By Jessica Weisberg
Last week, five days after Black Friday’s Walmart strike and the day before a nationwide fast-food workers strike, President Obama delivered a speech at the Center for American Progress about economic disparity and low wages. The president didn’t mention the strikers, but his talking points weren’t so different from their rallying cries—he called for a higher minimum wage and supported the right to organize. His speech was too sweeping, too ambitious to focus on the week’s news. He spoke about Abraham Lincoln and Teddy Roosevelt, education and the tax code; he provided statistic after statistic about the severity of inequality in the United States. The thread that tied all these points together was “economic mobility.” (“President Speaks on Economic Mobility,” the banner of the White House website read.) The president may have been speaking to a room full of liberals, but his focus on mobility rather than inequality seemed especially marketed to conservatives. It was Obama at his campaign finest, recasting himself as the great uniter between the two parties. “The idea that so many children are born into poverty in the wealthiest nation on Earth is heartbreaking enough,” the president said, “But the idea that a child may never be able to escape that poverty because she lacks a decent education or healt care, or a community that views her future as their own, that should offend all of us and it should compel us to action.” Poverty, in other words, is a sad but inevitable consequence of a competitive economy—it’s “heartbreaking,” but so it goes—while mobility is essential to the American mission. Children, we can all agree, should at least be given the bootstraps by which they can pull themselves up.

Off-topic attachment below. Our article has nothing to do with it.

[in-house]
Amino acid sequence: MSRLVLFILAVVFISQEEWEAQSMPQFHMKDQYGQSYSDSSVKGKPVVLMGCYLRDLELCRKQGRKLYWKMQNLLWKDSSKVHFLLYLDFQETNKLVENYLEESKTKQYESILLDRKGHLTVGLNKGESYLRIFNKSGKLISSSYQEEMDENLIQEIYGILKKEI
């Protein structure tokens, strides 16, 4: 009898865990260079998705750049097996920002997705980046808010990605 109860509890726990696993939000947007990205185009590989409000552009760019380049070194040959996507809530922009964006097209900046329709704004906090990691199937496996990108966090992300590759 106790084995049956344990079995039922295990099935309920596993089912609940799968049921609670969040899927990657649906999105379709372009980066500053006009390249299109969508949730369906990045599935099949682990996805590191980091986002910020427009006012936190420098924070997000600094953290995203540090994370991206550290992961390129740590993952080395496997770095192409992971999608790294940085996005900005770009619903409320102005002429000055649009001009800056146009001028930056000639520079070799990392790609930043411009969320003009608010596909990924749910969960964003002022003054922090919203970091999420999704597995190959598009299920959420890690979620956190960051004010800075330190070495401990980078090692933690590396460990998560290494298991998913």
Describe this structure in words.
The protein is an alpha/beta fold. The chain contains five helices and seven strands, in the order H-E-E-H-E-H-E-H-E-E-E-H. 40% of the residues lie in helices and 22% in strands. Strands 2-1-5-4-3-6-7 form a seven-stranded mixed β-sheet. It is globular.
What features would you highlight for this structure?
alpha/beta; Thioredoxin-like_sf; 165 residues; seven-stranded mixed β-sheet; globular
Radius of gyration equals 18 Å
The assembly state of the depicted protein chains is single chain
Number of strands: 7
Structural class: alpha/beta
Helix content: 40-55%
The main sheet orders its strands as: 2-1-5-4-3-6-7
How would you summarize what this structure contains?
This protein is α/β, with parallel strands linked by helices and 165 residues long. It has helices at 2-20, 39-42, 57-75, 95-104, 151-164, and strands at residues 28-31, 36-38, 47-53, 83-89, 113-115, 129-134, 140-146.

The word “inequality” makes conservatives uncomfortable, as if it invokes class struggle, the 99 percent versus the 1. They much prefer “mobility,” which connotes a purely aspirational relationship to wealth and the wealthy. As Representative Paul Ryan writes on the Budget Committee’s website, “The question for policymakers is not how best to redistribute a shrinking economic pie. The focus ought to be on increasing living standards, expanding the pie of economic opportunity, and promoting upward mobility for all.” (Italics his) “Our job here is not to divide the American people,” Speaker John Boehner has said. “It’s to help every American have a fair shot at the American dream.”